Wrapping up the project

Sharing everything necessary to take this work forward


Image CC BY-ND Bryan Mathers of We Are Open Co-op

Project details

Image CC BY-ND Bryan Mathers of We Are Open Co-op


The challenge given to us by Catalyst was:

What if we prototyped, tested and identified a way to provide seamless remote support for online Universal Credit claims, so the 25% of people currently failing to register can make a timely and successful claim?

This work should rapidly generate, prototype and test ways of providing remote support for making online Universal Credit claims. The outputs should enable organisations who provide benefits advice to best support those who struggle or fail to claim Universal Credit online.

By the time we began the project, indications showed that the percentage referenced could be as high as 33%. We needed to work quickly and produce results.

Full details of the project kick-off are available in this post.

Definition of done

We agreed the following with Catalyst:

  • Prototypes that have been tested with service users and/or the
    organisations supporting them. A prototype here might be a product,
    service, experience, document or a comparison of existing tools.
  • Insights from research and testing
  • Documentation of the process and learnings to be openly published
    and shared with the sector.
Image CC BY-ND Bryan Mathers of We Are Open Co-op


We used a double-diamond approach to dig deep into the problem area during the first five weeks of the project. See this post for more details on the convergent and divergent thinking that we used during the process..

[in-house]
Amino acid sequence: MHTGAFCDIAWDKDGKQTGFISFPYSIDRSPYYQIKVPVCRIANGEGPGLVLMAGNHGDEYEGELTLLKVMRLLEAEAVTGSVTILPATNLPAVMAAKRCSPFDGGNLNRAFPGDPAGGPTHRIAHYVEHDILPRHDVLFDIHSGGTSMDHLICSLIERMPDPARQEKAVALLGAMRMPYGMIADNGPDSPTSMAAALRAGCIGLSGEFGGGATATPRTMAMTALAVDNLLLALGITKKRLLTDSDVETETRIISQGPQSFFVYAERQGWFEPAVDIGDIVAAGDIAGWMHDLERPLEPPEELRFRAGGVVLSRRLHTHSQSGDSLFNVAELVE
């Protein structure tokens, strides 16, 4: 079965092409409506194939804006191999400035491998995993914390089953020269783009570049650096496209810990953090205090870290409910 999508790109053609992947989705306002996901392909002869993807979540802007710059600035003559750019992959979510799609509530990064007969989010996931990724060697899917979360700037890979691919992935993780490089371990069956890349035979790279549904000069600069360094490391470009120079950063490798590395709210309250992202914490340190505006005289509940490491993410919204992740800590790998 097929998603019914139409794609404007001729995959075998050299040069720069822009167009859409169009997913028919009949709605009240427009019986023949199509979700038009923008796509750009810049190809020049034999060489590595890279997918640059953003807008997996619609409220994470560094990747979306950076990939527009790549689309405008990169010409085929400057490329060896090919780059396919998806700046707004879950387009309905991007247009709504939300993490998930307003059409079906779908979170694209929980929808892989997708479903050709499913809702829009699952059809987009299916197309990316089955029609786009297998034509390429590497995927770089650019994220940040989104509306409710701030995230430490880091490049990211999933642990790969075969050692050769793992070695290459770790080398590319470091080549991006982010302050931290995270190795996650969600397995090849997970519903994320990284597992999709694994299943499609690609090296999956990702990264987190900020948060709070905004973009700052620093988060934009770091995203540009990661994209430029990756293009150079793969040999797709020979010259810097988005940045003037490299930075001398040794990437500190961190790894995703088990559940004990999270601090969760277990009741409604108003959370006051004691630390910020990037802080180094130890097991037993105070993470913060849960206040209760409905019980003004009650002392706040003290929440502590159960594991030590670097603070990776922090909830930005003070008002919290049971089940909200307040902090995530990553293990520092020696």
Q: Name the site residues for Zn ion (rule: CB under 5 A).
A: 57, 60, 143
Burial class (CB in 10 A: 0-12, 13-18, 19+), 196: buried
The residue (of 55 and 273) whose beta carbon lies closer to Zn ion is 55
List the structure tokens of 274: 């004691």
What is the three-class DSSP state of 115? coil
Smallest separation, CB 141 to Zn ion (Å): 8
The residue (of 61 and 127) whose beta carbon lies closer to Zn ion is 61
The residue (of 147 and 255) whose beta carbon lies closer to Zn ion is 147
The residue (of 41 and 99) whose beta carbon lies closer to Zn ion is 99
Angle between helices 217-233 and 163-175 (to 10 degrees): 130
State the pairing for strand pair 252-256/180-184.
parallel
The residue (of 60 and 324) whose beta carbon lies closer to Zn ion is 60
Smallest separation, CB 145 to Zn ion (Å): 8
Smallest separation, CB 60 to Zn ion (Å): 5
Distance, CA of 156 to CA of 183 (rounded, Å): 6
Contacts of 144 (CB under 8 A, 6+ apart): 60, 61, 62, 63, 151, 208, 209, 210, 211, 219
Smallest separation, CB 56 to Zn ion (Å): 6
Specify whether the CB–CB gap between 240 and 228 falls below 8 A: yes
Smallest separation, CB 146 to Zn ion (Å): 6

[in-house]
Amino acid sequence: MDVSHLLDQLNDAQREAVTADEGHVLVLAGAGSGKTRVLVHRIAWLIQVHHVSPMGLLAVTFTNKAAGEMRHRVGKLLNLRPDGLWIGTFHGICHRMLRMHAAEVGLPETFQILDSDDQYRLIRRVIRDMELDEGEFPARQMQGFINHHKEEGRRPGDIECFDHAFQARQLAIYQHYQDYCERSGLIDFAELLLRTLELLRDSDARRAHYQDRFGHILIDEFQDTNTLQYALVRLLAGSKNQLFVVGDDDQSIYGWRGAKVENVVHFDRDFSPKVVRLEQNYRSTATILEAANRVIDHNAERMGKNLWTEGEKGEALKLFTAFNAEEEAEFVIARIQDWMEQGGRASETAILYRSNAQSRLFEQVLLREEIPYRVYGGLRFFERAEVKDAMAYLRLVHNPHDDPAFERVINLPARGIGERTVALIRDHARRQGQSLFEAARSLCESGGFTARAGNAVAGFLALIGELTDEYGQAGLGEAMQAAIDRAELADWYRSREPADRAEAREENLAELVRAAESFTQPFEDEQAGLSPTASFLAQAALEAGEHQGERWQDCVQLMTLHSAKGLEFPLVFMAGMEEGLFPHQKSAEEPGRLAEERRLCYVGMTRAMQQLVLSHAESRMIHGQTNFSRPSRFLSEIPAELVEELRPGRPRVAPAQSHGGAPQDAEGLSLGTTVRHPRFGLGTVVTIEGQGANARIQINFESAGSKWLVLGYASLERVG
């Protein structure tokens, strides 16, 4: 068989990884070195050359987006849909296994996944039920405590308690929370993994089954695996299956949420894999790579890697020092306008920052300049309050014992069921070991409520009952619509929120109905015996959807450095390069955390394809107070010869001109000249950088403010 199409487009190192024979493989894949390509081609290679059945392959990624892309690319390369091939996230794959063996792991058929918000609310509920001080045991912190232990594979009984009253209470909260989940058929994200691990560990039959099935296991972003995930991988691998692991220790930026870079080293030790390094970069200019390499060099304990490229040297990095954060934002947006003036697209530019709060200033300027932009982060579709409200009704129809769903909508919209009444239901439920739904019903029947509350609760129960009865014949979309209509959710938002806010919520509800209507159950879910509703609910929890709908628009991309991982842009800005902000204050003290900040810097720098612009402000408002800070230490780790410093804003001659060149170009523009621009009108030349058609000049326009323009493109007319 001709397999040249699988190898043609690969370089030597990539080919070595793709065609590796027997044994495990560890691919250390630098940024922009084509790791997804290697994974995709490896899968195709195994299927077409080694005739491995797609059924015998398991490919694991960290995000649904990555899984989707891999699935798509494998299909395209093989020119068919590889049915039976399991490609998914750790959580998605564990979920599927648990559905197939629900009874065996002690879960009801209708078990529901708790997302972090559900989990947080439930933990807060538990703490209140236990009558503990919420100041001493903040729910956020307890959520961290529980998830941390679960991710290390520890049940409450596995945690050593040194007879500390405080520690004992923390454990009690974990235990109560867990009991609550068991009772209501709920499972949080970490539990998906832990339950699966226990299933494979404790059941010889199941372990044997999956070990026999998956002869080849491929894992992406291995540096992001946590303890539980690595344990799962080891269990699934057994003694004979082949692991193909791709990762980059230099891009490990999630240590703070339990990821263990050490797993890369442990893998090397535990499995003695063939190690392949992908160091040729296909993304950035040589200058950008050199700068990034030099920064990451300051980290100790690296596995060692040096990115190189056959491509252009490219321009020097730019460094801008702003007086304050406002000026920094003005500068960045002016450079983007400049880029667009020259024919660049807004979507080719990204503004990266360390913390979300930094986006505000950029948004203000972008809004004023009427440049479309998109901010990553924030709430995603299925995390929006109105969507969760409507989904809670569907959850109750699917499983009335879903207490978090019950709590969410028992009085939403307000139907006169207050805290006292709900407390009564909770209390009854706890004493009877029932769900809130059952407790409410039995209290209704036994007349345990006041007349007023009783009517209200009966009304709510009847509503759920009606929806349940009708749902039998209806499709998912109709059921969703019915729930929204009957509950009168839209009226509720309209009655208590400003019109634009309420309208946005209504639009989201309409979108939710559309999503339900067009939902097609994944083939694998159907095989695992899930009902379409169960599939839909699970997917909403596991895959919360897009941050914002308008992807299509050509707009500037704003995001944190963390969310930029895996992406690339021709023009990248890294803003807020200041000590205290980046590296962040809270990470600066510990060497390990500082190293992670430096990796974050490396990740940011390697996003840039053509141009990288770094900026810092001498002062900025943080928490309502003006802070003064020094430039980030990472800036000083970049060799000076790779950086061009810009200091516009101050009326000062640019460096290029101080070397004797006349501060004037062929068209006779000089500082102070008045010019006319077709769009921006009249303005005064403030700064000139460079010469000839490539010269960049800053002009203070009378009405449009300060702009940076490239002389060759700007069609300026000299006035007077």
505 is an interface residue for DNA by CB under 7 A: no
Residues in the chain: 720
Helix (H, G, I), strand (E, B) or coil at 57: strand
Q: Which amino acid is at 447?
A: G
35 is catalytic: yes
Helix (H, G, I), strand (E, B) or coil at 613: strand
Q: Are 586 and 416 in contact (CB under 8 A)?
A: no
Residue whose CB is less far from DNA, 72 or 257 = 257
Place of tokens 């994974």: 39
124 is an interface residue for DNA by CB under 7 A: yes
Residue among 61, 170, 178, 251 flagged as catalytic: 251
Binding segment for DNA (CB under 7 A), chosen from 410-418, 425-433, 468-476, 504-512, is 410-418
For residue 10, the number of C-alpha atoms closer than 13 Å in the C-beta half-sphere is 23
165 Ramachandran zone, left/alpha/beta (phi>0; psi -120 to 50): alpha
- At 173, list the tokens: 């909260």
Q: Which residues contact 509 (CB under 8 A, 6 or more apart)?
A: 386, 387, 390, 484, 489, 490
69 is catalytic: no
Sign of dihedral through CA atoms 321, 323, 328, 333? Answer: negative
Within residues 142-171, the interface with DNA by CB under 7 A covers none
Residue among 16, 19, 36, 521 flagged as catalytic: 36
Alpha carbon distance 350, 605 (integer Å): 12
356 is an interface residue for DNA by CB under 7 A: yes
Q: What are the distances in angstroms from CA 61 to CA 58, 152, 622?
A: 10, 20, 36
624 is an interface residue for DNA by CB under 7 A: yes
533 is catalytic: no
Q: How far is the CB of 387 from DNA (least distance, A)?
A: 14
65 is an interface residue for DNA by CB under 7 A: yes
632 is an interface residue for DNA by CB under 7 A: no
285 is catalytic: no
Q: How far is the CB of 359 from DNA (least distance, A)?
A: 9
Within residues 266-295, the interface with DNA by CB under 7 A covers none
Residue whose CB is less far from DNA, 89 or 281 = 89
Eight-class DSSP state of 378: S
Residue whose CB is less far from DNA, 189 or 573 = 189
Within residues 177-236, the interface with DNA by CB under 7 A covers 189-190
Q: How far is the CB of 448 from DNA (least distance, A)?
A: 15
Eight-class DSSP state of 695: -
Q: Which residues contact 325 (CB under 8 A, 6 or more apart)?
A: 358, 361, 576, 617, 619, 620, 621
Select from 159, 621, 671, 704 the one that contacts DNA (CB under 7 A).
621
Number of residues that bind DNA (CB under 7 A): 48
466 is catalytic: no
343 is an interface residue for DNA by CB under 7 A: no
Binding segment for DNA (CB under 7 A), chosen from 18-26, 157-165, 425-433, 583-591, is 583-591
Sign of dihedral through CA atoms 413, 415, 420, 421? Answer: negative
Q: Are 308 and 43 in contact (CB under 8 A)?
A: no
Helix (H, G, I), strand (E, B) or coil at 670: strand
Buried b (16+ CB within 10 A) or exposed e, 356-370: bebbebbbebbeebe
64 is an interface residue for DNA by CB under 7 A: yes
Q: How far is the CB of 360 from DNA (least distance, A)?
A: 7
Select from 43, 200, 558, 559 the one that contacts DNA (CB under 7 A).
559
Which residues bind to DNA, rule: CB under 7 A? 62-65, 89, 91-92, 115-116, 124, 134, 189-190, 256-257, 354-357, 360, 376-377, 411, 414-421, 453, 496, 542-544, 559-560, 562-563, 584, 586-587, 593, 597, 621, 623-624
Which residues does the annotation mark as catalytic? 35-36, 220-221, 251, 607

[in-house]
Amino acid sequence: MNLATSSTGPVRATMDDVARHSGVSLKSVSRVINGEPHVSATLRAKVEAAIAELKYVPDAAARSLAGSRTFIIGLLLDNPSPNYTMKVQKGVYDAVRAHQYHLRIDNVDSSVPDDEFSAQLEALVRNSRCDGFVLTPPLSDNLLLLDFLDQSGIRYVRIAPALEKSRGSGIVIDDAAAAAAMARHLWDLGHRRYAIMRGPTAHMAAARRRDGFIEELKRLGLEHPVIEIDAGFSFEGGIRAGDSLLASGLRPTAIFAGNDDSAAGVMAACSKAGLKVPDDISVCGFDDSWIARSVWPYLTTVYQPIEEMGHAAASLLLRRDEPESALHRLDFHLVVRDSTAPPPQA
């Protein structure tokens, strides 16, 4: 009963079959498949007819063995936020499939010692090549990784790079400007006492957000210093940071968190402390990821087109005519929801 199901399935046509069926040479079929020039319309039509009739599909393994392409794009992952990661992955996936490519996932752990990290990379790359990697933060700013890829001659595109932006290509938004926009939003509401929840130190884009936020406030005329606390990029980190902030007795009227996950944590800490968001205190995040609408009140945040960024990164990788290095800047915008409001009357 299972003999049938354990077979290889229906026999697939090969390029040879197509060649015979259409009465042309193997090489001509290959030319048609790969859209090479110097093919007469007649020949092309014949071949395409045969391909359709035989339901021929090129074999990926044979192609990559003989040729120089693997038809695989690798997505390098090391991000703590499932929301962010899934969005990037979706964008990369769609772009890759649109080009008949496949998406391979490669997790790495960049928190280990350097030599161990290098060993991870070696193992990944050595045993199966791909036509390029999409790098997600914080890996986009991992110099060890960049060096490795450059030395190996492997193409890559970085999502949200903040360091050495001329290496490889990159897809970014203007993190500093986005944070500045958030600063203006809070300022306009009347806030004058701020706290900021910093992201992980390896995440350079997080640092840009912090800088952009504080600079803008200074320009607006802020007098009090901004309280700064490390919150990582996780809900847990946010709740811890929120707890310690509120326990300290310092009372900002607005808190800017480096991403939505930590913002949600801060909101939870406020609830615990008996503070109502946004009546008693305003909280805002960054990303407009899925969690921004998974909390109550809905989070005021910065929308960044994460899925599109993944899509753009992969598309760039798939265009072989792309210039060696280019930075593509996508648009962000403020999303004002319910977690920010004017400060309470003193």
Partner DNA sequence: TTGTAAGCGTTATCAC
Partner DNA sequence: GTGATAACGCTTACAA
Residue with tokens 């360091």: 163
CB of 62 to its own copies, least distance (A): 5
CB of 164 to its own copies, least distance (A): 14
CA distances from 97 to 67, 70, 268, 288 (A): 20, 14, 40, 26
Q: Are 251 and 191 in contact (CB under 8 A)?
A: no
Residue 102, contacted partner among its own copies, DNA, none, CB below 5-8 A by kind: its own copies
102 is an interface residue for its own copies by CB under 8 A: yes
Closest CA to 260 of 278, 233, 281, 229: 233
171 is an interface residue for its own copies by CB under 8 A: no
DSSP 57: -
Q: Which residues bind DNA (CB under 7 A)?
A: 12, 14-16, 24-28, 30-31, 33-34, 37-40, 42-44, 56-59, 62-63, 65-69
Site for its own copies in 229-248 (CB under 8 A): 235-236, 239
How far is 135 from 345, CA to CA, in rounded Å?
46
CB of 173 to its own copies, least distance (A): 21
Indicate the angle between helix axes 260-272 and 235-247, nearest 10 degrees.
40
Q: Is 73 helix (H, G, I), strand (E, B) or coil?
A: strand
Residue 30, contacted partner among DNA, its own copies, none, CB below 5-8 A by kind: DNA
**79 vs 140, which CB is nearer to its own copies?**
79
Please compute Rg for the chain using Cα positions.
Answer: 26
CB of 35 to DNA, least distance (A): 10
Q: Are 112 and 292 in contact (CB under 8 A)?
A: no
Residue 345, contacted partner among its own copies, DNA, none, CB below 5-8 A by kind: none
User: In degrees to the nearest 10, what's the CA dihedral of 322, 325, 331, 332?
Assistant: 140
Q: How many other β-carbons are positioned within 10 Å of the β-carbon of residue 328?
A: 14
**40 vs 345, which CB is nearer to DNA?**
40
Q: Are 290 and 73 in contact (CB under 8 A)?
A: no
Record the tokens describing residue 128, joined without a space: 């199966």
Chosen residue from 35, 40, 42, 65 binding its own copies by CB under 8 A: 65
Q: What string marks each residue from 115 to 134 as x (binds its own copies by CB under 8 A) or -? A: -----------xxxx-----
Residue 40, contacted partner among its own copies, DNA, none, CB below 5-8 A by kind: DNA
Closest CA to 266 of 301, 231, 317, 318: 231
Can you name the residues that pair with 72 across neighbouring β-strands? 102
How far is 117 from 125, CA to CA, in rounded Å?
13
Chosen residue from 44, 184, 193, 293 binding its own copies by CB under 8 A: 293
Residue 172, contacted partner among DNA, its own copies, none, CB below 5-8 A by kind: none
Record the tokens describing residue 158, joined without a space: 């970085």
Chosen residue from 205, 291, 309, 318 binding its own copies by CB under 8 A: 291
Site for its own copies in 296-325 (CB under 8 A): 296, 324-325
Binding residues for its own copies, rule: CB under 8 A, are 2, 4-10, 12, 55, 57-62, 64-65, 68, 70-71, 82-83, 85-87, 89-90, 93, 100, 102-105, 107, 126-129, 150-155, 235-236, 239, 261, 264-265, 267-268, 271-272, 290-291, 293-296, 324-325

Our findings from user research (see this post) were that there were six main problems to solve:

  1. Lack of awareness of what’s necessary
  2. Lacking of visibility of claimant activity
  3. Don’t know what certain questions mean + consequence on app
  4. Lack of English language skills
  5. Losing passwords / login details
  6. Not sure how much they will get

We decided to focus on the first two of these (see this post), with our rationale being:

  • Language skills — although language skills have been highlighted as an issue preventing people from registering for Universal Credit , our research has flagged that helping those with poor English language to navigate the online form could lead to unintended consequences. For example, the Department for Work and Pensions (DWP) will be unaware they require further assistance at the next stage (managing a claim).
  • Digital skills — we are using whether a user currently has access to their own email account as a diagnostic tool to decide whether they are able to register for Universal Credit independently.
  • In both of the above cases, we would direct users to the phone helpline, or to support from charities such as those involved in this project.
Image CC BY-ND Bryan Mathers of We Are Open Co-op

After much discussion and work on personas (see this post) we settled on three potential prototypes: